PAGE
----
WASHINGTON, D.C. — The United States Centers for Disease Control and Prevention, better known as the U.S. CDC, has quietly added three new potential COVID-19 symptoms, which brings the total number of possible COVID-19 symptoms to nine.
Congestion or runny nose, nausea or vomiting, and diarrhea were all added to the federal agency’s list that also includes fever or chills, cough, shortness of breath or difficulty breathing, fatigue, muscle or body aches, headache, new loss of taste or smell, and sore throat.
People with COVID-19 have had a wide range of symptoms reported ranging from mild symptoms to severe illness, the agency says. Symptoms may appear 2-14 days after exposure to the virus, and the agency admits the nine symptoms are not comprehensive of all possible symptoms.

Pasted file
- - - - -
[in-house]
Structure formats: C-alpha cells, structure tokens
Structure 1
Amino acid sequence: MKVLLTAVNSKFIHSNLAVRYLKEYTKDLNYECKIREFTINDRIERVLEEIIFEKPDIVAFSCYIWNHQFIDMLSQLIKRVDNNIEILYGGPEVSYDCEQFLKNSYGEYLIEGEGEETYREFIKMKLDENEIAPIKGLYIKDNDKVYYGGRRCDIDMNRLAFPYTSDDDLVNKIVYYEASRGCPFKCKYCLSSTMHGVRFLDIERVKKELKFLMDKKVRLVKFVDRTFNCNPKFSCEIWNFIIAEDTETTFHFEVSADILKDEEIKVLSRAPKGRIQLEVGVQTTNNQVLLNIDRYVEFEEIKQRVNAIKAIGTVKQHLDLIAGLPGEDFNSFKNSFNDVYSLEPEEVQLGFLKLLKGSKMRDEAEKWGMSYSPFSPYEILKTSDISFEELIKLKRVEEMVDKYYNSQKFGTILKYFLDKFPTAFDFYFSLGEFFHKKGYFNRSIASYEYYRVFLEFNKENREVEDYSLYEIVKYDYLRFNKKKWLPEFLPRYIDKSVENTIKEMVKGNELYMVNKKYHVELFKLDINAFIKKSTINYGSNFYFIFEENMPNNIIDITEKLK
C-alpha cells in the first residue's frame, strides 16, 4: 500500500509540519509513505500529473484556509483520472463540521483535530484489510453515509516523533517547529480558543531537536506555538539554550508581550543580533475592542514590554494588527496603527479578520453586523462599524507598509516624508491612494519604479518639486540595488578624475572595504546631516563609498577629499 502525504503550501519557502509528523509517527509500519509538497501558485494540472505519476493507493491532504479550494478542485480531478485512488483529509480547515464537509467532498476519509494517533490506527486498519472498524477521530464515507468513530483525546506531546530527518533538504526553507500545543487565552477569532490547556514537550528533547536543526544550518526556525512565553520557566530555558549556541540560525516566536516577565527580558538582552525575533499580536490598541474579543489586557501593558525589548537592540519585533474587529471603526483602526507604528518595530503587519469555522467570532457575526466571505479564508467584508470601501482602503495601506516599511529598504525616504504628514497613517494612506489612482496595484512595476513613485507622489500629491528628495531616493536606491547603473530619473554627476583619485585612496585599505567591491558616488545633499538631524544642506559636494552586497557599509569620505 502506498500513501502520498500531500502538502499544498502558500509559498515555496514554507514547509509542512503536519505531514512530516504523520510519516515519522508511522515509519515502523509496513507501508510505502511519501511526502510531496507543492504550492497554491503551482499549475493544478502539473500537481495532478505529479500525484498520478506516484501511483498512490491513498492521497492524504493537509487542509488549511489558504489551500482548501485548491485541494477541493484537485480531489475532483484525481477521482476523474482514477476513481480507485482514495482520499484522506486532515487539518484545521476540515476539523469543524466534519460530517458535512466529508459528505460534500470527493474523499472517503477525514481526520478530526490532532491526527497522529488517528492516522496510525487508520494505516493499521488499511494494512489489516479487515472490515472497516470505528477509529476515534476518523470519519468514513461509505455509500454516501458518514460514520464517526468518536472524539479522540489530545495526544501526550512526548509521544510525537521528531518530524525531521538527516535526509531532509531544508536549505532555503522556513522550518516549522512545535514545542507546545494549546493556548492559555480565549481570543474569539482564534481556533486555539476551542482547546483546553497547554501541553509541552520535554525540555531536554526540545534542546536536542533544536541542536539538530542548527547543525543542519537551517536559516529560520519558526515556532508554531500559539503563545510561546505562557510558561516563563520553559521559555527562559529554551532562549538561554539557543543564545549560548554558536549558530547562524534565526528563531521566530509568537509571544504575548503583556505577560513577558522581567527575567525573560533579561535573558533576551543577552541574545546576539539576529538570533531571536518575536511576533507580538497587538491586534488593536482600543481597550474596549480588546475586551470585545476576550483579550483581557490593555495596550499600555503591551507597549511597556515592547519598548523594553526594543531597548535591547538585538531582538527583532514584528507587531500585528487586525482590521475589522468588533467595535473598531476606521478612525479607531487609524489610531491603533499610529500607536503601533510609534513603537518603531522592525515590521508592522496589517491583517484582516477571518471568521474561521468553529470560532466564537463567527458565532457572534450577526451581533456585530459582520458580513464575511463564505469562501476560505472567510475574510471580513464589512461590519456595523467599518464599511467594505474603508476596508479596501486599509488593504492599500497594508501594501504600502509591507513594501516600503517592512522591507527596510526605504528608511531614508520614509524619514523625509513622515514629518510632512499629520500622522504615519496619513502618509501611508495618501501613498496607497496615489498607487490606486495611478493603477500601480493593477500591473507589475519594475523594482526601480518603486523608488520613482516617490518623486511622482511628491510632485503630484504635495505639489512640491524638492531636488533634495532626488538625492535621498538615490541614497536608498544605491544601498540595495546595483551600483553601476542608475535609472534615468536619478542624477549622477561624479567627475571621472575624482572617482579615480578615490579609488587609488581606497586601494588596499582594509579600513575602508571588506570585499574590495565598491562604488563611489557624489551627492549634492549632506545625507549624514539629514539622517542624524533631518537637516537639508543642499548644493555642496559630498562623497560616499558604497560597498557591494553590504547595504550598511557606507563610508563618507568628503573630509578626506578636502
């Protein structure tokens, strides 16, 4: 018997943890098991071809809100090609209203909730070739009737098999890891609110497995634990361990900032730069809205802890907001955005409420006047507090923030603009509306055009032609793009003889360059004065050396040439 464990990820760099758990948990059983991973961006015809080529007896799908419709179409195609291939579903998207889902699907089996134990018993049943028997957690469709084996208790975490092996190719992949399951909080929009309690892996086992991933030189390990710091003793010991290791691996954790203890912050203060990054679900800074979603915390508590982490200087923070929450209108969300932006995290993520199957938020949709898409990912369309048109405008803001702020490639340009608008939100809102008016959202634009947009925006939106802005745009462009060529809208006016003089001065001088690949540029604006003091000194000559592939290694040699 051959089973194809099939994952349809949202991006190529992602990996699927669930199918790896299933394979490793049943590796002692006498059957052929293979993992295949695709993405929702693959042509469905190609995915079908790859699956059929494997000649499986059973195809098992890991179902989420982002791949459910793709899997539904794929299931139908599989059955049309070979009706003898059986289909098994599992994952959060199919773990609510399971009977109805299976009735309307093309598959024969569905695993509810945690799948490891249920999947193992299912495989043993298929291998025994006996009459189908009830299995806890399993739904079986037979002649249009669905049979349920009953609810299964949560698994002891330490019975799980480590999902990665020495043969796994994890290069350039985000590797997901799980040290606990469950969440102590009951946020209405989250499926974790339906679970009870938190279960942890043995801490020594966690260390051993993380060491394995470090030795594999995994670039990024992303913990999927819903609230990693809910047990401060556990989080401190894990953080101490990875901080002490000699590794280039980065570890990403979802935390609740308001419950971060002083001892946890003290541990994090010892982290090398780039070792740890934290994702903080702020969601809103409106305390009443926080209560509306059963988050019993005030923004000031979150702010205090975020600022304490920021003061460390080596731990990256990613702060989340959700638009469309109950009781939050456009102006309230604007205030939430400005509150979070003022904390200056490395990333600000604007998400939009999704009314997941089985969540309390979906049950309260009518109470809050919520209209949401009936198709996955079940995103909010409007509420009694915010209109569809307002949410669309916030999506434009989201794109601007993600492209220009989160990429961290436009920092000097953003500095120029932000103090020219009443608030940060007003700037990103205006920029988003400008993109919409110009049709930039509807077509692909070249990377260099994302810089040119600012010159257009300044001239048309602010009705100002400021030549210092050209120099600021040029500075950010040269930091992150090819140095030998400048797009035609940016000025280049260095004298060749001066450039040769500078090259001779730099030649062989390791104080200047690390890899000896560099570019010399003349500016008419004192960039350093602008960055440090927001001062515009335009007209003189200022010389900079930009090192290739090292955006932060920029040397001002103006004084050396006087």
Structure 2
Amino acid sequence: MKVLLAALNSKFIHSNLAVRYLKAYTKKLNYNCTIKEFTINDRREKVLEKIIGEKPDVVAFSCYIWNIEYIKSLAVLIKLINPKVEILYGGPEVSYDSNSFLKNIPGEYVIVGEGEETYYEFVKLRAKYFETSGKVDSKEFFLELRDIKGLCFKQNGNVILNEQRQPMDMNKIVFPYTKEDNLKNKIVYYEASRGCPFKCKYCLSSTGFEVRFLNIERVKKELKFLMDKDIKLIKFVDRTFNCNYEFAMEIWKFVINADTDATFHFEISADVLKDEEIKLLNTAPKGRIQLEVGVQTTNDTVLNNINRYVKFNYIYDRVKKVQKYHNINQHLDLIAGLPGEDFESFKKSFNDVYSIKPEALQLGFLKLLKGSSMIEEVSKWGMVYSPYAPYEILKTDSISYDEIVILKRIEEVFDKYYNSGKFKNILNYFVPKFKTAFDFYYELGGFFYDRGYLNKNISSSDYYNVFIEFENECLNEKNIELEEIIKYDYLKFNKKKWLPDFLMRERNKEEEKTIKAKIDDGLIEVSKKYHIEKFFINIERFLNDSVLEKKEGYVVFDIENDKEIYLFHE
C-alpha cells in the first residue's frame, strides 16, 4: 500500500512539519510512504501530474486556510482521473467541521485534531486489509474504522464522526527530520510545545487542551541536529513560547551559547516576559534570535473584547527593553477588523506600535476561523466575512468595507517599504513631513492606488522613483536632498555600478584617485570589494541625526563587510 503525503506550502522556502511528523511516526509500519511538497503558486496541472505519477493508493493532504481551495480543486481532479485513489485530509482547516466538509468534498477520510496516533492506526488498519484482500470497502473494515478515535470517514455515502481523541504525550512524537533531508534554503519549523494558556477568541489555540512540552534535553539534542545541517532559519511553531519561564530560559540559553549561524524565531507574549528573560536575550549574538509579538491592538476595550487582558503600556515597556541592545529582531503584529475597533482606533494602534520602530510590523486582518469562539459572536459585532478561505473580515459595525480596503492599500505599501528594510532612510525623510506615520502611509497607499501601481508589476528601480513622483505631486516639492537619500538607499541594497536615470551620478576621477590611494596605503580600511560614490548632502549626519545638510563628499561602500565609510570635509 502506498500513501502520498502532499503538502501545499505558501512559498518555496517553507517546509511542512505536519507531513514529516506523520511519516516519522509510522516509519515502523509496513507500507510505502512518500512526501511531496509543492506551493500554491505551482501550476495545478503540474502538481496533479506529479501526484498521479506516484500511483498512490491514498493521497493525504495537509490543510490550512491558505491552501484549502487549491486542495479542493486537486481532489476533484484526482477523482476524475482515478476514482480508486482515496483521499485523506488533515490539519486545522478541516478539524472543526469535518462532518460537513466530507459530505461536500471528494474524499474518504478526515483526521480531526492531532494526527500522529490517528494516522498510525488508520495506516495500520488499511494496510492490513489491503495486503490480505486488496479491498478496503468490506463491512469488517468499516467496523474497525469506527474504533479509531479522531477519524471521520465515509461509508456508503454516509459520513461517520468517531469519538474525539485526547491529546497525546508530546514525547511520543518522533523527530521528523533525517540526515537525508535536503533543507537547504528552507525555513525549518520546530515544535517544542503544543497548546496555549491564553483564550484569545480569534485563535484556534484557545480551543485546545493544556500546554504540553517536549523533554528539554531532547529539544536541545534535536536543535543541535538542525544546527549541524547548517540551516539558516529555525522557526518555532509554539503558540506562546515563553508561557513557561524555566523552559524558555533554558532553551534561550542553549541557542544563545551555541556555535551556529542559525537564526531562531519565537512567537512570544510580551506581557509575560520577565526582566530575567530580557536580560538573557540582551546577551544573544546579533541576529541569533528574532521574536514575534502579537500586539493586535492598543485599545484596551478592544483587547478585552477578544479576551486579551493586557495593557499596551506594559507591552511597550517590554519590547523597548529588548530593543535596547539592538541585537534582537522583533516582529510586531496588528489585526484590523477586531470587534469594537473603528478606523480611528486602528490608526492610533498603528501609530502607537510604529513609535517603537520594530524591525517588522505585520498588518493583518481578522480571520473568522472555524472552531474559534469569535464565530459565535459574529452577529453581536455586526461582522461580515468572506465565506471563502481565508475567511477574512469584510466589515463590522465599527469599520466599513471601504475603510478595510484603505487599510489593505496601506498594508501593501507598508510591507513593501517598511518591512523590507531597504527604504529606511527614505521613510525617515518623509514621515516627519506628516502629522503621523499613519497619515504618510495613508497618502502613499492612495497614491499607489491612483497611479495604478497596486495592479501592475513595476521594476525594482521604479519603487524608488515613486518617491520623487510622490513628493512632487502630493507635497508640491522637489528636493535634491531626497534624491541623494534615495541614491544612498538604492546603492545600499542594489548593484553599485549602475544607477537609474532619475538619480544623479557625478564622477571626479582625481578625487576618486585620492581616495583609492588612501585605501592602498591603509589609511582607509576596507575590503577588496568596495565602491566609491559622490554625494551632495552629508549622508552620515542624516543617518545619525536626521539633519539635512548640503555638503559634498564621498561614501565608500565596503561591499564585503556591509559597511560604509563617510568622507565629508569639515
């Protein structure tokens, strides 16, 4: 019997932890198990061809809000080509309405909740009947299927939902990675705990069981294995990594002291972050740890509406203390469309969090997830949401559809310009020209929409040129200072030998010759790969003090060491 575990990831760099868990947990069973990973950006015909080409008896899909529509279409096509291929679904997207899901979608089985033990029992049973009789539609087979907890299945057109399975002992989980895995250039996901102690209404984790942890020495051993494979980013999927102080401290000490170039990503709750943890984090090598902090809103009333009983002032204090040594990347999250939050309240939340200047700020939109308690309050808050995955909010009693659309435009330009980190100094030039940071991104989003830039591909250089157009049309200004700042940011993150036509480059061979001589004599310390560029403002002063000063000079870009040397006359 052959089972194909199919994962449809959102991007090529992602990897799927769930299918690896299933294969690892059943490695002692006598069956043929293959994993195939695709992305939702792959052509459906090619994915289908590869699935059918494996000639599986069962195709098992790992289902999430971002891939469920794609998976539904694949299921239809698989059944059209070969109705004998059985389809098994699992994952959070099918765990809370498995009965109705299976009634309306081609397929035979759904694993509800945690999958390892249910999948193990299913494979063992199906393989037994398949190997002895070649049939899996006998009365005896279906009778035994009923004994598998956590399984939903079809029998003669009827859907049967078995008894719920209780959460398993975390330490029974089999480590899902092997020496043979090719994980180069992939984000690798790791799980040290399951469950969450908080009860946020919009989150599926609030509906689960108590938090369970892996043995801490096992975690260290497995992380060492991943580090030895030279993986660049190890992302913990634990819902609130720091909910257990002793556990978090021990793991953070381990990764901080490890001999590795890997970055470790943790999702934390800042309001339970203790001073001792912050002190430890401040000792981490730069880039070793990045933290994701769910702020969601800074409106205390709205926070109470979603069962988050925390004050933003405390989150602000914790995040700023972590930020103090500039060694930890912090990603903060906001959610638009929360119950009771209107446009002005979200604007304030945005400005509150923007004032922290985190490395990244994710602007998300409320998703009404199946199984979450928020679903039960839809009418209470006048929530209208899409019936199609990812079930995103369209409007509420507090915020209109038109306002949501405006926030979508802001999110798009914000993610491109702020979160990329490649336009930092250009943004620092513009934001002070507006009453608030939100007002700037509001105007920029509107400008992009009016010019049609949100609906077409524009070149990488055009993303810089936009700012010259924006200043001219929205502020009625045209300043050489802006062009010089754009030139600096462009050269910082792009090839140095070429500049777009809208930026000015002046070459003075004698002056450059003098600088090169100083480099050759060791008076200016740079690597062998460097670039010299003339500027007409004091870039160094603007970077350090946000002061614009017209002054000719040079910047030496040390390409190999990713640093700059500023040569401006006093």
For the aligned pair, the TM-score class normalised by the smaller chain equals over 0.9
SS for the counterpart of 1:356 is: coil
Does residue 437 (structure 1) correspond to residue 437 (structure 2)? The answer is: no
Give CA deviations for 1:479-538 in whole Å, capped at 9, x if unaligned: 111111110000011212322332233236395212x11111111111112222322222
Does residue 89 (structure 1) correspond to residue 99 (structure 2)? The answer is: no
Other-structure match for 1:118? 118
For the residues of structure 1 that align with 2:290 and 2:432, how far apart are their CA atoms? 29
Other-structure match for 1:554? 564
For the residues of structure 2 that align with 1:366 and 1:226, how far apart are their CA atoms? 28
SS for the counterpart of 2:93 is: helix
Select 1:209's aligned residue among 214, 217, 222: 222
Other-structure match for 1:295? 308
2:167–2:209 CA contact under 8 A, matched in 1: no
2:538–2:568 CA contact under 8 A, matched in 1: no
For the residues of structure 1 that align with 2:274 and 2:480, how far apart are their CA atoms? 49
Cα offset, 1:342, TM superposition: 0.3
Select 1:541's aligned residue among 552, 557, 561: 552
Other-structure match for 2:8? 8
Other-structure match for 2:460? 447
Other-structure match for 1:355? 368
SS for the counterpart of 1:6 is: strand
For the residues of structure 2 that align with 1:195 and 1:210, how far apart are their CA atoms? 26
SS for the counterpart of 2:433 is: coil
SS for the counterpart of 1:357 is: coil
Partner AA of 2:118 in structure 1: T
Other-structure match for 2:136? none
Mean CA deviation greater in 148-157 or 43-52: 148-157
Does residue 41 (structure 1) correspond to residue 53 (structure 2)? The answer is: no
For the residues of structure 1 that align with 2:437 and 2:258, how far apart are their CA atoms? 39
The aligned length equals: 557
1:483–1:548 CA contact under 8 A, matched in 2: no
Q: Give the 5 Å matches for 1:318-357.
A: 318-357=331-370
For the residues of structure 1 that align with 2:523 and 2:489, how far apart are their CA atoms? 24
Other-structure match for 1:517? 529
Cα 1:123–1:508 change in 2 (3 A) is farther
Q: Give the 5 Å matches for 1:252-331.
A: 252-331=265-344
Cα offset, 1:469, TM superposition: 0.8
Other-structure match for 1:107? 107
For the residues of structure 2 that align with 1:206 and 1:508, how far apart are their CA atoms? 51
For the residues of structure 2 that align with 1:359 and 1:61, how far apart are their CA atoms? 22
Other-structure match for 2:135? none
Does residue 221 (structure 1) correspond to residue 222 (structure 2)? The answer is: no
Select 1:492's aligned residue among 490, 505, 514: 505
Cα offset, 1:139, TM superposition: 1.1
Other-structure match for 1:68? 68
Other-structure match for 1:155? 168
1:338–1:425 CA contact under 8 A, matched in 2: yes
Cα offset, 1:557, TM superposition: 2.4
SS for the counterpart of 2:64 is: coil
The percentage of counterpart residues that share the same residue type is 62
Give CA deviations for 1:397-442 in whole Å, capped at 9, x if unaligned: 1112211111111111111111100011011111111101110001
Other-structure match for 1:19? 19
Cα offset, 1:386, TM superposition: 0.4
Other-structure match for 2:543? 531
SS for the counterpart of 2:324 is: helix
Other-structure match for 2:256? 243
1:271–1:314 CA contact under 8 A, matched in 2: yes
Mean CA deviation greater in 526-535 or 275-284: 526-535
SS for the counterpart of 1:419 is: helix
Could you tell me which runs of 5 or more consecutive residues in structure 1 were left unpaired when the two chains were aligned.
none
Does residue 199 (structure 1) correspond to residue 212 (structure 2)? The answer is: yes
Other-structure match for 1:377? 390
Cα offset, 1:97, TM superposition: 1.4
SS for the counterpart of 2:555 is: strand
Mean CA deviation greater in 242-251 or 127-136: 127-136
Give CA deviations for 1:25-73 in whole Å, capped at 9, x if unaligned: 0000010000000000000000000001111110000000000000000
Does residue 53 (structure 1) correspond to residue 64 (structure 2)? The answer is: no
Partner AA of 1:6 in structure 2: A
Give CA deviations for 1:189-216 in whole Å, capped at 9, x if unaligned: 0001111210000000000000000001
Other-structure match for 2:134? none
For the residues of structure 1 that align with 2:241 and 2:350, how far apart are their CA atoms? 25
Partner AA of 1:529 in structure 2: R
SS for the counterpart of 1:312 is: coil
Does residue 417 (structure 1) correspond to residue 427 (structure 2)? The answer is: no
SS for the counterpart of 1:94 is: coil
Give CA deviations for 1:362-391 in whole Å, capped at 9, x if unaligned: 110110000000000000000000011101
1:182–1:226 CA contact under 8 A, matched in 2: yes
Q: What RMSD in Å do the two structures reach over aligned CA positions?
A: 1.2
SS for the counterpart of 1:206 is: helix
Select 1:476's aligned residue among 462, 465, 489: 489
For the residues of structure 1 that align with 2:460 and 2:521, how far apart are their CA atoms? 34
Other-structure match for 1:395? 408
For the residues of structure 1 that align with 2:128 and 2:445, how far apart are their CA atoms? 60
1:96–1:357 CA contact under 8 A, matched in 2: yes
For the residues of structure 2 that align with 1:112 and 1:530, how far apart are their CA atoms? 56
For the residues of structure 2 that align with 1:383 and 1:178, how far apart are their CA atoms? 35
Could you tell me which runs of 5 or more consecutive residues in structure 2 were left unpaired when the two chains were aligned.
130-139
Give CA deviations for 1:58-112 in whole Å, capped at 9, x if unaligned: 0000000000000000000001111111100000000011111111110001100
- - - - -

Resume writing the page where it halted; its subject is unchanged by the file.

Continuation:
The new symptoms were quietly added to the list by the federal agency at an unknown date. Our Community Now, a Colorado media outlet, believes the symptoms may have been quietly added May 13.
The quiet additions of symptoms are not the first time during the COVID-19 pandemic the U.S. CDC has quietly announced new symptoms.
At the outset of the pandemic, the U.S. CDC only identified three possible symptoms: fever, cough and shortness of breath or difficulty breathing. In mid-April, the federal agency quietly added chills, repeated shaking with chills, muscle pain, headache, sore throat and new loss of taste or smell to the list.
Those additions were done quietly, as well, and it is believed Maine’s WGME was the first outlet to uncover those additions.